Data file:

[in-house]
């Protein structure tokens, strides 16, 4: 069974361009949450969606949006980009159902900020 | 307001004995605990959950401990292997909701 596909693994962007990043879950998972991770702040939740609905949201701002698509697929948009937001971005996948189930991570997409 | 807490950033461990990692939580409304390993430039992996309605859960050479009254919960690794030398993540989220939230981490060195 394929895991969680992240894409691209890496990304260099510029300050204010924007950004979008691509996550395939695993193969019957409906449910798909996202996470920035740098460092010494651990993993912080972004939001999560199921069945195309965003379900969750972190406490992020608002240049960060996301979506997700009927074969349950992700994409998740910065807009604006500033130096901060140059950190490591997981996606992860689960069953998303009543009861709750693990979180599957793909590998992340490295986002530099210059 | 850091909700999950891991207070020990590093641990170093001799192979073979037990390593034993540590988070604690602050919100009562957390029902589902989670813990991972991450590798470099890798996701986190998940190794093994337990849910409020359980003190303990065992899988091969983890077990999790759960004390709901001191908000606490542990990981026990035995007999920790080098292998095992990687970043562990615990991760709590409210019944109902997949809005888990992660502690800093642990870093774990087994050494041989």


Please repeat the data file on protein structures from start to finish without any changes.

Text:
[in-house]
């Protein structure tokens, strides 16, 4: 069974361009949450969606949006980009159902900020 | 307001004995605990959950401990292997909701 596909693994962007990043879950998972991770702040939740609905949201701002698509697929948009937001971005996948189930991570997409 | 807490950033461990990692939580409304390993430039992996309605859960050479009254919960690794030398993540989220939230981490060195 394929895991969680992240894409691209890496990304260099510029300050204010924007950004979008691509996550395939695993193969019957409906449910798909996202996470920035740098460092010494651990993993912080972004939001999560199921069945195309965003379900969750972190406490992020608002240049960060996301979506997700009927074969349950992700994409998740910065807009604006500033130096901060140059950190490591997981996606992860689960069953998303009543009861709750693990979180599957793909590998992340490295986002530099210059 | 850091909700999950891991207070020990590093641990170093001799192979073979037990390593034993540590988070604690602050919100009562957390029902589902989670813990991972991450590798470099890798996701986190998940190794093994337990849910409020359980003190303990065992899988091969983890077990999790759960004390709901001191908000606490542990990981026990035995007999920790080098292998095992990687970043562990615990991760709590409210019944109902997949809005888990992660502690800093642990870093774990087994050494041989």